I stopped by the Gainesville Outlet Shops in Gainesville, Texas, in October and a jet could have landed in the parking lot and not touched a car.
I hadn’t been there in years, but I had heard that it was more like a ghost town than an outlet center. The description was more true than not. The south section was empty. I was all alone as I walked from one end to the other, my reflection staring back at me in the empty storefront windows.
It was really kind of eery. I remember when the outlet first opened in 1993. Shoppers from Oklahoma flocked to find bargains at the clothing and home stores, the kitchen shops and toy stores. The food court was always busy and no one could resist the fudge or cinnamon rolls.
I’m not sure when stores started to close and traffic slowed. The outlet mall, once a Prime Outlet center, was sold to a Texas-based bank in October 2008 and later to a Fort Worth company.
Today, the Gainesville Outlet Shops website directory lists only 14 stores. The How Bazaar, an indoor vendor market, opened a few months ago to lure weekend shoppers. Maybe it will work, but the empty surroundings do little to encourage a traveler to stop.
How does a once-thriving outlet center go from happy shoppers to empty parking lots? Was it the economy? The location? The management?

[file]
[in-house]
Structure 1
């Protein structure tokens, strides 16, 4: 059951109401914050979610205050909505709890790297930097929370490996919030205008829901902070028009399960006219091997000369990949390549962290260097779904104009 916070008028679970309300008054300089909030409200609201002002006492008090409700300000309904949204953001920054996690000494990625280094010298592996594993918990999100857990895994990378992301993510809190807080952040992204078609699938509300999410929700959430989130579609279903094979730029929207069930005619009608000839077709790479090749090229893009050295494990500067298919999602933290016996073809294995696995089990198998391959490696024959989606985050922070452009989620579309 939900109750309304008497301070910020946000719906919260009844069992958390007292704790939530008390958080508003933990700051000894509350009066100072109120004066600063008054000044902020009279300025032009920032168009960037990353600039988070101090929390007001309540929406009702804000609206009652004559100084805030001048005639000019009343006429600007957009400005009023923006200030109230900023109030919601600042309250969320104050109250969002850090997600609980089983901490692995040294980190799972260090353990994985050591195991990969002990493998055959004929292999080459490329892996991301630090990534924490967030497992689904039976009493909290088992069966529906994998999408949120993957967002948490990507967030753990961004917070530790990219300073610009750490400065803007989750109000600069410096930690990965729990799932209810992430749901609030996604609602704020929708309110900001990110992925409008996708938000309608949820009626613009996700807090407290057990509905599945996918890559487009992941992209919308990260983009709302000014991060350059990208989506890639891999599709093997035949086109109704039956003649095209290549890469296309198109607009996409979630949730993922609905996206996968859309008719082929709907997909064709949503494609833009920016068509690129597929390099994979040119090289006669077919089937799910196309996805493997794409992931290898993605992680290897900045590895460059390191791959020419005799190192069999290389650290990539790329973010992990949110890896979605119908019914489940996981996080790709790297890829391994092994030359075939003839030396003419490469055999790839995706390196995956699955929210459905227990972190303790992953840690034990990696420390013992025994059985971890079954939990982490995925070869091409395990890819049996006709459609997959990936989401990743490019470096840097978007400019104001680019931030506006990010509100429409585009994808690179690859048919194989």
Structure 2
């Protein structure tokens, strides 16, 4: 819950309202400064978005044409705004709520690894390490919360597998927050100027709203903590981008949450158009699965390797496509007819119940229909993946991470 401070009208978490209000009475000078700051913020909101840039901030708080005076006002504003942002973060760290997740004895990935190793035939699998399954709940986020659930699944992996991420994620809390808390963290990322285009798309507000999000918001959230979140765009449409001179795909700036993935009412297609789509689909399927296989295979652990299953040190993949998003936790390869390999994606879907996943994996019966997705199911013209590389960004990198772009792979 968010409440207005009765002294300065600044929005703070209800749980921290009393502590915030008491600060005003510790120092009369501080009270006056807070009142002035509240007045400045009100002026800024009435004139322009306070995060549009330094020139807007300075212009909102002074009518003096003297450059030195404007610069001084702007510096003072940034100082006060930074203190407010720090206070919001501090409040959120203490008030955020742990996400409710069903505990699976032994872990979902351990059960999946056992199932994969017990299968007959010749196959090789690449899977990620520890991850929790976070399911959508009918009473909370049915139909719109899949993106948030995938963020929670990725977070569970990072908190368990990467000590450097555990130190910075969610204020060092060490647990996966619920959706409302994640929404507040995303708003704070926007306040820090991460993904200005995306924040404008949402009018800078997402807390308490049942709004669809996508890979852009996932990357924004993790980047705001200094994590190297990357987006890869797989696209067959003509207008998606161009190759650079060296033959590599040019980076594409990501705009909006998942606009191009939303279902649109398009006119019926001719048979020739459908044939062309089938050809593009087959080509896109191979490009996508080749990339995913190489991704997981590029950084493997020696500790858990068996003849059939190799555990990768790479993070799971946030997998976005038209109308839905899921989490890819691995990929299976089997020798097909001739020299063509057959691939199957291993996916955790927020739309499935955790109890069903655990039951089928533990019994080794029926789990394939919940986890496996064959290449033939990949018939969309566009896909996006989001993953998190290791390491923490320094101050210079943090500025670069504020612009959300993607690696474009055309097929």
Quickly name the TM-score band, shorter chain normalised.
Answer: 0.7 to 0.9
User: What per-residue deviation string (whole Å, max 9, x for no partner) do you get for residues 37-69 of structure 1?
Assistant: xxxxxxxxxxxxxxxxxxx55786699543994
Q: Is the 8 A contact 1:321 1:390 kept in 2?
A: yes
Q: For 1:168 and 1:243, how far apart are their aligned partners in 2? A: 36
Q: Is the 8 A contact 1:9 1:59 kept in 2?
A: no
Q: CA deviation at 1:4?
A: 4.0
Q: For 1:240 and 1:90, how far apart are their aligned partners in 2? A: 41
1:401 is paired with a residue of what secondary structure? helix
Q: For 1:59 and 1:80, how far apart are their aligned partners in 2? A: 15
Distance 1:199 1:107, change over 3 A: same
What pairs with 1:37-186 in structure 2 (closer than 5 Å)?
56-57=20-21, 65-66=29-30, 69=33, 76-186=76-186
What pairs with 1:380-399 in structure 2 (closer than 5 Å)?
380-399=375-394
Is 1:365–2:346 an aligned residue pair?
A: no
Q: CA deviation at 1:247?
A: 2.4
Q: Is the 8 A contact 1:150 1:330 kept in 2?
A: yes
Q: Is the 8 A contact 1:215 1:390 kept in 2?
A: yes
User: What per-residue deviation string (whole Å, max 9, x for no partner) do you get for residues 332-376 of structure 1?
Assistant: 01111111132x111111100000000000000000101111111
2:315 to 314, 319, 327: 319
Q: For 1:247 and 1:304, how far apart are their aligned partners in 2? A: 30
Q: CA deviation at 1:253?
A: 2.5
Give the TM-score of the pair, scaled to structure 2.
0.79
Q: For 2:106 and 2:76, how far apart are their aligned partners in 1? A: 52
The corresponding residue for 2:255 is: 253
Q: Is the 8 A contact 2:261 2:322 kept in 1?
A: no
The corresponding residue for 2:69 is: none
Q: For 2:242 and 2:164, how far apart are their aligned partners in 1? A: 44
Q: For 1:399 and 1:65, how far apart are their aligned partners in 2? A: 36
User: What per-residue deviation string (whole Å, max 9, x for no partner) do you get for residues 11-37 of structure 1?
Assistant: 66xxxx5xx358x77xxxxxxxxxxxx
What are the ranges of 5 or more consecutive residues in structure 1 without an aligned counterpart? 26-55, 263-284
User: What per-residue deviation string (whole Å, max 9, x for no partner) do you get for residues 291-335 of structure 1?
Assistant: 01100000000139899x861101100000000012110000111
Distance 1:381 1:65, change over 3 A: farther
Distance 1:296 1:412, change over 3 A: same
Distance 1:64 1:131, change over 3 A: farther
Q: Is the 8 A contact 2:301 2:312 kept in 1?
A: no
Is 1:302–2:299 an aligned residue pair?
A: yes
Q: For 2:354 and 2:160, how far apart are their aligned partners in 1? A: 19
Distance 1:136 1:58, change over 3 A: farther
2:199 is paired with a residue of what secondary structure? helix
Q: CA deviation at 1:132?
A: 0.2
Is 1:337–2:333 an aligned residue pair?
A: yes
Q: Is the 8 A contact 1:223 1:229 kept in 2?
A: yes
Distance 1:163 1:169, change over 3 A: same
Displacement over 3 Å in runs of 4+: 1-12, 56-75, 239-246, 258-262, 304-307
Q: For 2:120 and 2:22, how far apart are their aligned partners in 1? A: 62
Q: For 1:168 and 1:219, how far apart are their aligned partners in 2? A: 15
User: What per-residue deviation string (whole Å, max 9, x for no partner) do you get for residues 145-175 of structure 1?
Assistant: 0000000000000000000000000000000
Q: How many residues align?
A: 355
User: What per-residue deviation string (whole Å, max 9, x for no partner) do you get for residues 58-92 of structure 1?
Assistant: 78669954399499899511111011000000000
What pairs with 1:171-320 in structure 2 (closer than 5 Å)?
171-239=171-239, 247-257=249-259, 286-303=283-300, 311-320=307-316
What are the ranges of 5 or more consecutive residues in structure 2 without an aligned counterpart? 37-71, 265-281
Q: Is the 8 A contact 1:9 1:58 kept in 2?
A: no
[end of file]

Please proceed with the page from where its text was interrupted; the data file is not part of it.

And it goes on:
I thought about this as I walked through The Outlet Shoppes at Oklahoma City. It was busy, even at noon on a weekday. Of course, this is prime holiday shopping time. But the center has been attracting plenty of shoppers since it opened in August 2011.
Will it still be busy in 10 years or will it slip into decline like the outlet center in Gainesville? The Outlet Shoppes at Oklahoma City expanded last month with six new stores, including Kenneth Cole and Columbia Sportswear Co. The 348,600-square-foot outlet mall is 100 percent leased with more than 90 retailers, including restaurants. Popular retailers include Saks Fifth Avenue OFF 5th, Coach and Nike.
It will be interesting to see how Oklahoma City’s outlet center fares in the years to come. Here’s to open doors and full parking lots for years and years and years.